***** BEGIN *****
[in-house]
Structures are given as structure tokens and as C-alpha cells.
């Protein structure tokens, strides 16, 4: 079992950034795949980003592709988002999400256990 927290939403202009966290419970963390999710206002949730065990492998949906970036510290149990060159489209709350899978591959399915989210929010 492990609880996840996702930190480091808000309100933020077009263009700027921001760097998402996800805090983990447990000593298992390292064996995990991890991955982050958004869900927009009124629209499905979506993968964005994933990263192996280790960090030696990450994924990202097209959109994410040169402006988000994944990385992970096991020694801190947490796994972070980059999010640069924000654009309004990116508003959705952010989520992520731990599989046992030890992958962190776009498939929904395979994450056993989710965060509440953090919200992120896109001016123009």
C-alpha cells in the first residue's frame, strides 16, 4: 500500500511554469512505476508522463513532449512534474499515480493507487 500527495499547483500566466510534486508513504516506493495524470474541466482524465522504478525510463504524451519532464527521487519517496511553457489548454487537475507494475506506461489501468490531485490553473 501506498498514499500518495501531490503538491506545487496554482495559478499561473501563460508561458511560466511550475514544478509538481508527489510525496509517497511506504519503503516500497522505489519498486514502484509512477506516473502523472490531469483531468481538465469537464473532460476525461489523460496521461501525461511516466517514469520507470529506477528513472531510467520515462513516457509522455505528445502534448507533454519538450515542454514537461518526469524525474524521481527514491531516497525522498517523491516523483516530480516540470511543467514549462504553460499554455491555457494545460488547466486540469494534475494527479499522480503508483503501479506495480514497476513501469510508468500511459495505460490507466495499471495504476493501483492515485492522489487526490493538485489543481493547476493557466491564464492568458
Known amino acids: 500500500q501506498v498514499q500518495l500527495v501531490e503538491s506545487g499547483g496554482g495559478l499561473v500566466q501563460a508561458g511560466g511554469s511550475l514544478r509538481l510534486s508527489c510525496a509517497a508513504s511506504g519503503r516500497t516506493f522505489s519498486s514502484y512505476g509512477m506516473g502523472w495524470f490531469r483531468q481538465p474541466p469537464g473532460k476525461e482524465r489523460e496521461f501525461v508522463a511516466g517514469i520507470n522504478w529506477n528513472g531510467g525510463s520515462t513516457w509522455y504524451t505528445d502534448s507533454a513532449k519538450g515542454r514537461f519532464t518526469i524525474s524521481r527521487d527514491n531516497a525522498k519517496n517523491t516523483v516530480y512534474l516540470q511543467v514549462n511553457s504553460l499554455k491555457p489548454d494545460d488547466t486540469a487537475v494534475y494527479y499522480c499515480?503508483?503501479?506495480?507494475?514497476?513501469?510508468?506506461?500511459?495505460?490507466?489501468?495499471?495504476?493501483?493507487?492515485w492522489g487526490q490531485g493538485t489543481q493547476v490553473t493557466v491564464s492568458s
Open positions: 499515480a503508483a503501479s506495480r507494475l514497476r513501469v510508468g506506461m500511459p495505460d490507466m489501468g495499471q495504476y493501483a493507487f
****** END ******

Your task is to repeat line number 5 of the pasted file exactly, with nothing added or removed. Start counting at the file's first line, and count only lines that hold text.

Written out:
Known amino acids: 500500500q501506498v498514499q500518495l500527495v501531490e503538491s506545487g499547483g496554482g495559478l499561473v500566466q501563460a508561458g511560466g511554469s511550475l514544478r509538481l510534486s508527489c510525496a509517497a508513504s511506504g519503503r516500497t516506493f522505489s519498486s514502484y512505476g509512477m506516473g502523472w495524470f490531469r483531468q481538465p474541466p469537464g473532460k476525461e482524465r489523460e496521461f501525461v508522463a511516466g517514469i520507470n522504478w529506477n528513472g531510467g525510463s520515462t513516457w509522455y504524451t505528445d502534448s507533454a513532449k519538450g515542454r514537461f519532464t518526469i524525474s524521481r527521487d527514491n531516497a525522498k519517496n517523491t516523483v516530480y512534474l516540470q511543467v514549462n511553457s504553460l499554455k491555457p489548454d494545460d488547466t486540469a487537475v494534475y494527479y499522480c499515480?503508483?503501479?506495480?507494475?514497476?513501469?510508468?506506461?500511459?495505460?490507466?489501468?495499471?495504476?493501483?493507487?492515485w492522489g487526490q490531485g493538485t489543481q493547476v490553473t493557466v491564464s492568458s